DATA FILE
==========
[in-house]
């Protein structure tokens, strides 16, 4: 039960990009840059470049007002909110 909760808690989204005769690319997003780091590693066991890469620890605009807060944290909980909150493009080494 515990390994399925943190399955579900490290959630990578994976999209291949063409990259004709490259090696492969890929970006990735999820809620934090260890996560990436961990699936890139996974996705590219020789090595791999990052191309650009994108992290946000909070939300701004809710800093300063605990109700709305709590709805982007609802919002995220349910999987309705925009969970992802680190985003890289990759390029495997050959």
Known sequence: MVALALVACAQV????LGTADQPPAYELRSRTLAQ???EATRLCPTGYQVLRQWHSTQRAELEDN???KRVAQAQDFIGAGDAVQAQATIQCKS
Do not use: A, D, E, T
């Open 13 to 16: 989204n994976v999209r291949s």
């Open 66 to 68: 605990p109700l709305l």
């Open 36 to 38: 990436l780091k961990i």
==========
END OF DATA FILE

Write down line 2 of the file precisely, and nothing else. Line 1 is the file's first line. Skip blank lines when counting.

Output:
């Protein structure tokens, strides 16, 4: 039960990009840059470049007002909110 909760808690989204005769690319997003780091590693066991890469620890605009807060944290909980909150493009080494 515990390994399925943190399955579900490290959630990578994976999209291949063409990259004709490259090696492969890929970006990735999820809620934090260890996560990436961990699936890139996974996705590219020789090595791999990052191309650009994108992290946000909070939300701004809710800093300063605990109700709305709590709805982007609802919002995220349910999987309705925009969970992802680190985003890289990759390029495997050959």